Step 3 Power down the system by setting the switches on all power modules to the 0 (off) or standby position. (Your system can have one or two power modules.)



Warning Before you work on a system that has a standby/off switch, turn off the power by pressing the power switch to standby and unplugging the power cord.


Removing and Replacing Field-Replaceable Units

This section contains procedures to remove and replace all of the field replaceable units (FRUs) for the Cisco 10005 ESR.

Replacing the Air Filter

If the air filter is dirty or clogged, the fan assembly might not be able to provide sufficient cooling air flow through the chassis, causing the system to overheat. To prevent an overheating problem, replace the air filter every 6 months. In dirty or dusty environments, replace the filter more frequently.


Note If you want to reuse the air filter, use a vacuum cleaner to remove the dust.


The air filter is accessible from the rear of the chassis. It occupies a vertical slot on the left side of the chassis.

To replace the air filter:


Step 1 Use a flat blade screwdriver to turn the cam fastener on the air filter cover one half of a rotation (180 degrees) (Figure 3-1).

Figure 3-1 Loosening the Air Filter Cover

Step 2 Using the handle at the top of the cover, pull the cover down, then lift it away from the chassis (Figure 3-2).

Figure 3-2 Removing the Air Filter Cover

Step 3 Grasp the plastic tab on the frame of the air filter and pull the filter out of the chassis (Figure 3-3).

Figure 3-3 Removing and Replacing the Air Filter

Step 4 Insert the new or cleaned air filter into the chassis in such a way that the arrow on the metal filter frame is pointing up and the plastic pull tab is facing outward.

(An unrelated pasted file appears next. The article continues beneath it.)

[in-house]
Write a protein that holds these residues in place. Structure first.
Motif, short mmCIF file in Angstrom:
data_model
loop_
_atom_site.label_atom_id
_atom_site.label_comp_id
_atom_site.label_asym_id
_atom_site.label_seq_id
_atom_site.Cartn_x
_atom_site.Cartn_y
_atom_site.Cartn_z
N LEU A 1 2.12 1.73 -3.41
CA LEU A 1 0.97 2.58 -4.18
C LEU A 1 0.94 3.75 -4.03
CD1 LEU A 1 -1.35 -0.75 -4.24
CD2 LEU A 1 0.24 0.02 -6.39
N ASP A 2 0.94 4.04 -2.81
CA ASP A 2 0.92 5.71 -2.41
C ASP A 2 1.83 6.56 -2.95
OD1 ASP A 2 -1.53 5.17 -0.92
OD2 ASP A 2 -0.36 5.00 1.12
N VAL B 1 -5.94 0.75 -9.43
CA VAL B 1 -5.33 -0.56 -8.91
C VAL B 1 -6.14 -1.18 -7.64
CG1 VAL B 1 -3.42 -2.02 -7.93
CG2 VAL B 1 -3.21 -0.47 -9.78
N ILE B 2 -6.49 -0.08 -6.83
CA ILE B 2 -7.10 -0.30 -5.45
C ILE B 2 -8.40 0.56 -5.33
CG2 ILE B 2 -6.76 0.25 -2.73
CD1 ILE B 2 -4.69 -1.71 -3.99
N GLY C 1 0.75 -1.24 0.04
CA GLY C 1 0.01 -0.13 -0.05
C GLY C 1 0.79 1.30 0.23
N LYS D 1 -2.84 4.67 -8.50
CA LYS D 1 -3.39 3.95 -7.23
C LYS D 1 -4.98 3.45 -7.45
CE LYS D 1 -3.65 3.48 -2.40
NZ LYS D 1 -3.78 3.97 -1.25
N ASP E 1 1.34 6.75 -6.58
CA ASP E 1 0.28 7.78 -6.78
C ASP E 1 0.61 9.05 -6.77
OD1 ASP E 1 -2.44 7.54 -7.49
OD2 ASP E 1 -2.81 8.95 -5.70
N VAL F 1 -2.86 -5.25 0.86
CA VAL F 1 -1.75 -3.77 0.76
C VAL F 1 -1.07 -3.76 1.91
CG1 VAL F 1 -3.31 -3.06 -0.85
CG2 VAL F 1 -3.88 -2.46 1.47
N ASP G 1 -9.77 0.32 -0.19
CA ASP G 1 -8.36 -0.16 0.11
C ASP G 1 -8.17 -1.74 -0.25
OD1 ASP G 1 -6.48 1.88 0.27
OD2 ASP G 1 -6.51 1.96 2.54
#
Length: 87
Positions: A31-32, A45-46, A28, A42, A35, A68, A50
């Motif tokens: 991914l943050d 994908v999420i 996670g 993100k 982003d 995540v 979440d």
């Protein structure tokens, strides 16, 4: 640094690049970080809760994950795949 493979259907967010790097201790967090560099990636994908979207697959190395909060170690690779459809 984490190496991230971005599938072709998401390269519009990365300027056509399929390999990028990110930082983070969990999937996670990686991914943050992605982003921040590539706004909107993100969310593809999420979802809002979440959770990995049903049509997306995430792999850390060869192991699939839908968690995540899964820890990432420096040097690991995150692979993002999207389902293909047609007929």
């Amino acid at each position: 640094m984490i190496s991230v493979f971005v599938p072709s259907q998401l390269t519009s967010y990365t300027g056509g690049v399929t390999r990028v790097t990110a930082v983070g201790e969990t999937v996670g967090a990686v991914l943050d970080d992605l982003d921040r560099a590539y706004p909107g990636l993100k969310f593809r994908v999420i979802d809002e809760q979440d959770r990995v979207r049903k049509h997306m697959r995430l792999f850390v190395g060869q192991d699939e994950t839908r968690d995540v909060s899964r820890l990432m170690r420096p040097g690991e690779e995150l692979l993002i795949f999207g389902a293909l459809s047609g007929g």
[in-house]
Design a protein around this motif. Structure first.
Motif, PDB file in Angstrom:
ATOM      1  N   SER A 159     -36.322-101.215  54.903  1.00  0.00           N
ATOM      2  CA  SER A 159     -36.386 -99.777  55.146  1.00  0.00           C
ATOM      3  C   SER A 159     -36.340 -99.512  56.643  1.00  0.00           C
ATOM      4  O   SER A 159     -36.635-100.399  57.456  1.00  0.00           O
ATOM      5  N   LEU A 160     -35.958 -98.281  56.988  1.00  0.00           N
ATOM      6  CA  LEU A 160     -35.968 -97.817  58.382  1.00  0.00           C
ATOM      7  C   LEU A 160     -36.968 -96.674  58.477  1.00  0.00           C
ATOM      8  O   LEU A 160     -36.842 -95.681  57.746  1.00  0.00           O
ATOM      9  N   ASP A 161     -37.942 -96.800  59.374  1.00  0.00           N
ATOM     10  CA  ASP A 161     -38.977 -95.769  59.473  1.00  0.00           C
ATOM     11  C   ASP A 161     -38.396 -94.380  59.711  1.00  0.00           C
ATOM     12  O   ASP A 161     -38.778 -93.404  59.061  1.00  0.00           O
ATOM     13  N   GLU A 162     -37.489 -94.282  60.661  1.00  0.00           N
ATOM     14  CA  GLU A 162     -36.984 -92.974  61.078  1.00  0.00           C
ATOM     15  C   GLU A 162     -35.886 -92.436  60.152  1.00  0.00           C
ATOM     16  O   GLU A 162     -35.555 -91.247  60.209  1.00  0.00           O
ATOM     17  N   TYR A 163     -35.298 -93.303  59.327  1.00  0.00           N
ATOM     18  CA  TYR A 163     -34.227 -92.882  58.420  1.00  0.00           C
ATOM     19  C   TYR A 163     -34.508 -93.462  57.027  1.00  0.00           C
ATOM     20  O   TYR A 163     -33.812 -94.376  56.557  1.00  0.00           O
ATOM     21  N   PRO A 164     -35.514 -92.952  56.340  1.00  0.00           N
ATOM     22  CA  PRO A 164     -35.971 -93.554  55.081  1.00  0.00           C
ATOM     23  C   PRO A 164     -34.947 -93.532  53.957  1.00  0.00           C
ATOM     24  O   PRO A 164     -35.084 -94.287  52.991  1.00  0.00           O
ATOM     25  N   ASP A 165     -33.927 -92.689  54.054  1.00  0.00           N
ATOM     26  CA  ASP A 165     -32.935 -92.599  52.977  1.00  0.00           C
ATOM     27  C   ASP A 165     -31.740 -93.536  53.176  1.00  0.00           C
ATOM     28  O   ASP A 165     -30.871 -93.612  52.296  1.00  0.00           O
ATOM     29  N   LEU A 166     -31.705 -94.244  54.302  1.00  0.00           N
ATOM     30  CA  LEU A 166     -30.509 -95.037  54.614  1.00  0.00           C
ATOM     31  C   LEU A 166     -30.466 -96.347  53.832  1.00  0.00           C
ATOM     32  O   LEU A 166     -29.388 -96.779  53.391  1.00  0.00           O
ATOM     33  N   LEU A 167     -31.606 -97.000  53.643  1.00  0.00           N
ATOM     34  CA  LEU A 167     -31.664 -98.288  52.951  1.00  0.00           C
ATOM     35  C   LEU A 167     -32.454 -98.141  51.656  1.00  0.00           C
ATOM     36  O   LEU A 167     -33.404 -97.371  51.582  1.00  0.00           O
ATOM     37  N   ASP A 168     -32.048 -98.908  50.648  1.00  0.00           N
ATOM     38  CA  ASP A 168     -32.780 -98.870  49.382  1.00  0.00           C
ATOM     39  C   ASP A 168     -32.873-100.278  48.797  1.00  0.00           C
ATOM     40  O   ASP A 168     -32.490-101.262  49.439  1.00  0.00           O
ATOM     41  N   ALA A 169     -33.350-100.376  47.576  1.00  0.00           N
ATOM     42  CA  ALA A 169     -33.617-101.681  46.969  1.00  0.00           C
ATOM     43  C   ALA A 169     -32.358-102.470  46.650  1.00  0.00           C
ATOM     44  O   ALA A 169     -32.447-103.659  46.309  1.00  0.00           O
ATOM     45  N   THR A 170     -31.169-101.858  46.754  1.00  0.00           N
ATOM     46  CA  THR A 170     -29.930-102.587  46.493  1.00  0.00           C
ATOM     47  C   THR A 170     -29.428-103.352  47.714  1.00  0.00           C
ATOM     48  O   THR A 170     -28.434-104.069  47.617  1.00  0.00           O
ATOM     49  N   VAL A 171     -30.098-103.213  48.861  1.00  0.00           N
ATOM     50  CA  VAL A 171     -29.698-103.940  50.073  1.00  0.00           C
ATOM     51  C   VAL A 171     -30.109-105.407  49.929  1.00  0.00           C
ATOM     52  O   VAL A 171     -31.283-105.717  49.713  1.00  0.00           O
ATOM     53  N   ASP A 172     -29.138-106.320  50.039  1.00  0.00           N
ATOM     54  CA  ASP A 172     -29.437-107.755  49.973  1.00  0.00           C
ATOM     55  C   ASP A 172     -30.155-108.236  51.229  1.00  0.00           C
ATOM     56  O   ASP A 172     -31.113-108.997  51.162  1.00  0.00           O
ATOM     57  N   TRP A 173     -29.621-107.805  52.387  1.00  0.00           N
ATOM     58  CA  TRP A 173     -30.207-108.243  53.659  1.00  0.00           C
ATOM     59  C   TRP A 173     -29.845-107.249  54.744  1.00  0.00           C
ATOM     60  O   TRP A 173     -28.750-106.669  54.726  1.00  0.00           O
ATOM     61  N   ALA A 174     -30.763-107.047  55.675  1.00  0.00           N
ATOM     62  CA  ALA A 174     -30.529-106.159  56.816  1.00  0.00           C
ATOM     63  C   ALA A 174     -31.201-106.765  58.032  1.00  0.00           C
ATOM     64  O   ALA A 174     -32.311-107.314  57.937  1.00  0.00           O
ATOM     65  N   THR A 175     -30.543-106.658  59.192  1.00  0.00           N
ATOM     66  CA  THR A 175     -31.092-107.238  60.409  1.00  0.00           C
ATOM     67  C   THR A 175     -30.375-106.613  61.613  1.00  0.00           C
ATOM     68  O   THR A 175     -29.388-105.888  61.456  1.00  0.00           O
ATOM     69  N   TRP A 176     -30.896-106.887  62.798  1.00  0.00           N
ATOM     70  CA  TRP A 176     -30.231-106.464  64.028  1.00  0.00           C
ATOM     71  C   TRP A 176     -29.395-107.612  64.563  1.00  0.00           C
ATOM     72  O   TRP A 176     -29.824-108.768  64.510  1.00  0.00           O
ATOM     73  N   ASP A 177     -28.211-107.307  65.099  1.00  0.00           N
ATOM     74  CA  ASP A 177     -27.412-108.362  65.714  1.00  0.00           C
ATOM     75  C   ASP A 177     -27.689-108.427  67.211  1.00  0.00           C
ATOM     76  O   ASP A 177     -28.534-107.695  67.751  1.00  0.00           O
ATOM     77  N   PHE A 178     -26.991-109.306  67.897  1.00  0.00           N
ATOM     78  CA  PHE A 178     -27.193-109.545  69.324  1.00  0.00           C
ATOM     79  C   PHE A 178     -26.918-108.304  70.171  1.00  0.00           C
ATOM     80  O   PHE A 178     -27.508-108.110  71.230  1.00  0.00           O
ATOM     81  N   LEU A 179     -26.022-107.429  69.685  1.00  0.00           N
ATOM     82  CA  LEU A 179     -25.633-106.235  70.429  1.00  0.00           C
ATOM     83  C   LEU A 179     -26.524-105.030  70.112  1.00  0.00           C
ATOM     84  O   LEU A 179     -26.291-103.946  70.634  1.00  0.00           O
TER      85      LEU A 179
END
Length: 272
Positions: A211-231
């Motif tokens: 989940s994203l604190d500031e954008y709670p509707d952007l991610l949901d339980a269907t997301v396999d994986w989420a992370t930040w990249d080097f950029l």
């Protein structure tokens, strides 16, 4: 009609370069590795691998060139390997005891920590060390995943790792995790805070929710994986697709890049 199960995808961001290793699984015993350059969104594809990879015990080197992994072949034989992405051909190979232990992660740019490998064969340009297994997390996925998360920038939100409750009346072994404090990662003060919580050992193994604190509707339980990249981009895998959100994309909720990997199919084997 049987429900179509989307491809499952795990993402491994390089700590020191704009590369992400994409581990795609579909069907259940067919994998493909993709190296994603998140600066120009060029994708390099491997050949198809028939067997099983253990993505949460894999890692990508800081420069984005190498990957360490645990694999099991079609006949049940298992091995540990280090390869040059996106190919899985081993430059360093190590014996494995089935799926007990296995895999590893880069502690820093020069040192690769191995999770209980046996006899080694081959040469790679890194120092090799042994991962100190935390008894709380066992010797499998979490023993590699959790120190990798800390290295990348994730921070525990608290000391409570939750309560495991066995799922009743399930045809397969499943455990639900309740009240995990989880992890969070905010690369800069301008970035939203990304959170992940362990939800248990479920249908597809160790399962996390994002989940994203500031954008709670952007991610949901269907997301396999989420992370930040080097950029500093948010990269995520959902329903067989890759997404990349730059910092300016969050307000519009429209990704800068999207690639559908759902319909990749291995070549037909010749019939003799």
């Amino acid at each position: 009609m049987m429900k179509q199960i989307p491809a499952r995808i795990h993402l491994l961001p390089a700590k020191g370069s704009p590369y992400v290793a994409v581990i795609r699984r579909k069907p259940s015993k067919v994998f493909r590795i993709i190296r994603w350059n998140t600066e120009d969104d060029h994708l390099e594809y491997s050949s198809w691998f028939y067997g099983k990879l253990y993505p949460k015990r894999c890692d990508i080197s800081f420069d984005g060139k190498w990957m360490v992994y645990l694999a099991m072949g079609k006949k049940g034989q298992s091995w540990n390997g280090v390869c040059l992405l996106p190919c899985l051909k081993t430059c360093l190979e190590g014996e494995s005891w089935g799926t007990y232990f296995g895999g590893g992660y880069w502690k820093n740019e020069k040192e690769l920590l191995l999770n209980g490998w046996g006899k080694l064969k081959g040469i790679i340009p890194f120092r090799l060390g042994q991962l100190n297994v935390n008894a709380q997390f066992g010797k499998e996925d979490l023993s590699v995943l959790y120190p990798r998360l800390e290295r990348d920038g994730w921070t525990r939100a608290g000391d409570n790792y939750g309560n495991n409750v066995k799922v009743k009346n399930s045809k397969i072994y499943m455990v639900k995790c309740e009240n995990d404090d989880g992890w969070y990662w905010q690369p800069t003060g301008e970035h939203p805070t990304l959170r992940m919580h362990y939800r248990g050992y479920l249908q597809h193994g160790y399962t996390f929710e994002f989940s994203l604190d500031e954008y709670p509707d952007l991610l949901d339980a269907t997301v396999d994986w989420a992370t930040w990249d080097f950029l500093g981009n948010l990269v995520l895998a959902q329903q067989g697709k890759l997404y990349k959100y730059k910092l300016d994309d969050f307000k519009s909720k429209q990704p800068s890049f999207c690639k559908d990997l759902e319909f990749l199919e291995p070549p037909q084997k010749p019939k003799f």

Step 5 To replace the filter cover, insert the tab on the bottom of the cover into the slot at the bottom of the air filter compartment. Pivot the cover up into place.

Step 6 Turn the cam fastener ½ of a rotation (180 degrees) to secure the filter to the chassis.


Replacing the Fan Assembly

The fan assembly supports hot-swapping (for up to 2 minutes) and can be replaced without interruption to system operation.

The fan assembly is accessible from the rear of the chassis. It occupies a vertical slot on the right side of the unit.


Caution To prevent the system from overheating, be sure that the replacement fan assembly is out of its box and packaging, so it is ready to install as soon as the defective module is removed.

To replace the fan assembly:


Step 1 Move any interface cables away from the fan assembly.

Step 2 Loosen the captive screw on the fan assembly and slide the assembly out of the chassis (Figure 3-4).


Warning The fans might still be turning when you remove the fan assembly from the chassis. Keep fingers, screwdrivers, and other objects away from the openings in the fan assembly's housing.


Figure 3-4 Removing or Installing the Fan Assembly

Step 3 Slide the new fan assembly into the chassis, being sure it makes a secure connection to the midplane.

If the fan assembly is operating properly, its LED turns green and the fans start to turn.

If the LED turns red, try reseating the fan assembly.